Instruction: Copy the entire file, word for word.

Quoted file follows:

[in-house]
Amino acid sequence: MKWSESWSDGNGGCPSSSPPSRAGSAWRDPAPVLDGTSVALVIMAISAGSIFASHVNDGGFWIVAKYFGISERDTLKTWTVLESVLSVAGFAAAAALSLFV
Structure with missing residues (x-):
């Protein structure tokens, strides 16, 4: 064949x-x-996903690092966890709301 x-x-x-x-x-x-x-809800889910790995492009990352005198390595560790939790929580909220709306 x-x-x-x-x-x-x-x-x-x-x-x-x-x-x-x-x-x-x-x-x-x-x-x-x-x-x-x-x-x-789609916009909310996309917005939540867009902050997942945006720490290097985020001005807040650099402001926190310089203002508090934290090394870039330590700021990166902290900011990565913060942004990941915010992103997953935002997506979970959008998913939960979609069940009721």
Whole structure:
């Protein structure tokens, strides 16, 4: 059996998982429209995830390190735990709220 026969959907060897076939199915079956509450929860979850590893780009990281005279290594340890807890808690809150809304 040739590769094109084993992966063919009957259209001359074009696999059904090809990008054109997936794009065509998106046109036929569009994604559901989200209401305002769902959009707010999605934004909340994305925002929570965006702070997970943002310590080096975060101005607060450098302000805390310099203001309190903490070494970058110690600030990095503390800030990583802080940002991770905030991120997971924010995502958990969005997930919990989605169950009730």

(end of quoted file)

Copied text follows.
[in-house]
Amino acid sequence: MKWSESWSDGNGGCPSSSPPSRAGSAWRDPAPVLDGTSVALVIMAISAGSIFASHVNDGGFWIVAKYFGISERDTLKTWTVLESVLSVAGFAAAAALSLFV
Structure with missing residues (x-):
């Protein structure tokens, strides 16, 4: 064949x-x-996903690092966890709301 x-x-x-x-x-x-x-809800889910790995492009990352005198390595560790939790929580909220709306 x-x-x-x-x-x-x-x-x-x-x-x-x-x-x-x-x-x-x-x-x-x-x-x-x-x-x-x-x-x-789609916009909310996309917005939540867009902050997942945006720490290097985020001005807040650099402001926190310089203002508090934290090394870039330590700021990166902290900011990565913060942004990941915010992103997953935002997506979970959008998913939960979609069940009721």
Whole structure:
């Protein structure tokens, strides 16, 4: 059996998982429209995830390190735990709220 026969959907060897076939199915079956509450929860979850590893780009990281005279290594340890807890808690809150809304 040739590769094109084993992966063919009957259209001359074009696999059904090809990008054109997936794009065509998106046109036929569009994604559901989200209401305002769902959009707010999605934004909340994305925002929570965006702070997970943002310590080096975060101005607060450098302000805390310099203001309190903490070494970058110690600030990095503390800030990583802080940002991770905030991120997971924010995502958990969005997930919990989605169950009730």